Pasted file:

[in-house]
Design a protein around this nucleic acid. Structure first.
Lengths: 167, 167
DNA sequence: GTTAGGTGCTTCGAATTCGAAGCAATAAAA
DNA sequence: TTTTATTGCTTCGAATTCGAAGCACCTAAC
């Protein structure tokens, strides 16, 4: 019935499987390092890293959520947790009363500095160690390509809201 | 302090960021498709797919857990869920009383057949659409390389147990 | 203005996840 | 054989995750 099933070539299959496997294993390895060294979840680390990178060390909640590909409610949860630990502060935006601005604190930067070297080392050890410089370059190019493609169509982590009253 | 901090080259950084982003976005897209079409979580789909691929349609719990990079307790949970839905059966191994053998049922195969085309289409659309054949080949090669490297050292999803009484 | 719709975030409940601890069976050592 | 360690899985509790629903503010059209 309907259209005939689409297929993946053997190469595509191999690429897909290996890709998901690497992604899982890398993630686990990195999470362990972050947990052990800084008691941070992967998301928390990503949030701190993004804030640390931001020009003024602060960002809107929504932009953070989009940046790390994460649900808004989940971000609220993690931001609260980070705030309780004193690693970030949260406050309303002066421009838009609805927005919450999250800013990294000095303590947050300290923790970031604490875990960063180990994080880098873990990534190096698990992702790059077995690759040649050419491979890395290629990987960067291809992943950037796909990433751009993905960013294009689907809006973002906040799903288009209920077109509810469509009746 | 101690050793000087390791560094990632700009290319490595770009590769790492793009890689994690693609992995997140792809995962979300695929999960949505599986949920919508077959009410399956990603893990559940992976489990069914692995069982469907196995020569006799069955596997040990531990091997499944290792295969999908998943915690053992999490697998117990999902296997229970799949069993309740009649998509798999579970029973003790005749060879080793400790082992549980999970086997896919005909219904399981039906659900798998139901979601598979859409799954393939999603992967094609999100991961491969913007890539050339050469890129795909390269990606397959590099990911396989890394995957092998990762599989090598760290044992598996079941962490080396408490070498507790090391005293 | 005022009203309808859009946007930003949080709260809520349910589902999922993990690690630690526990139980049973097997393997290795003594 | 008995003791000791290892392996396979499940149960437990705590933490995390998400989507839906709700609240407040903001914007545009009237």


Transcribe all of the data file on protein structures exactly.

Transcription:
[in-house]
Design a protein around this nucleic acid. Structure first.
Lengths: 167, 167
DNA sequence: GTTAGGTGCTTCGAATTCGAAGCAATAAAA
DNA sequence: TTTTATTGCTTCGAATTCGAAGCACCTAAC
């Protein structure tokens, strides 16, 4: 019935499987390092890293959520947790009363500095160690390509809201 | 302090960021498709797919857990869920009383057949659409390389147990 | 203005996840 | 054989995750 099933070539299959496997294993390895060294979840680390990178060390909640590909409610949860630990502060935006601005604190930067070297080392050890410089370059190019493609169509982590009253 | 901090080259950084982003976005897209079409979580789909691929349609719990990079307790949970839905059966191994053998049922195969085309289409659309054949080949090669490297050292999803009484 | 719709975030409940601890069976050592 | 360690899985509790629903503010059209 309907259209005939689409297929993946053997190469595509191999690429897909290996890709998901690497992604899982890398993630686990990195999470362990972050947990052990800084008691941070992967998301928390990503949030701190993004804030640390931001020009003024602060960002809107929504932009953070989009940046790390994460649900808004989940971000609220993690931001609260980070705030309780004193690693970030949260406050309303002066421009838009609805927005919450999250800013990294000095303590947050300290923790970031604490875990960063180990994080880098873990990534190096698990992702790059077995690759040649050419491979890395290629990987960067291809992943950037796909990433751009993905960013294009689907809006973002906040799903288009209920077109509810469509009746 | 101690050793000087390791560094990632700009290319490595770009590769790492793009890689994690693609992995997140792809995962979300695929999960949505599986949920919508077959009410399956990603893990559940992976489990069914692995069982469907196995020569006799069955596997040990531990091997499944290792295969999908998943915690053992999490697998117990999902296997229970799949069993309740009649998509798999579970029973003790005749060879080793400790082992549980999970086997896919005909219904399981039906659900798998139901979601598979859409799954393939999603992967094609999100991961491969913007890539050339050469890129795909390269990606397959590099990911396989890394995957092998990762599989090598760290044992598996079941962490080396408490070498507790090391005293 | 005022009203309808859009946007930003949080709260809520349910589902999922993990690690630690526990139980049973097997393997290795003594 | 008995003791000791290892392996396979499940149960437990705590933490995390998400989507839906709700609240407040903001914007545009009237």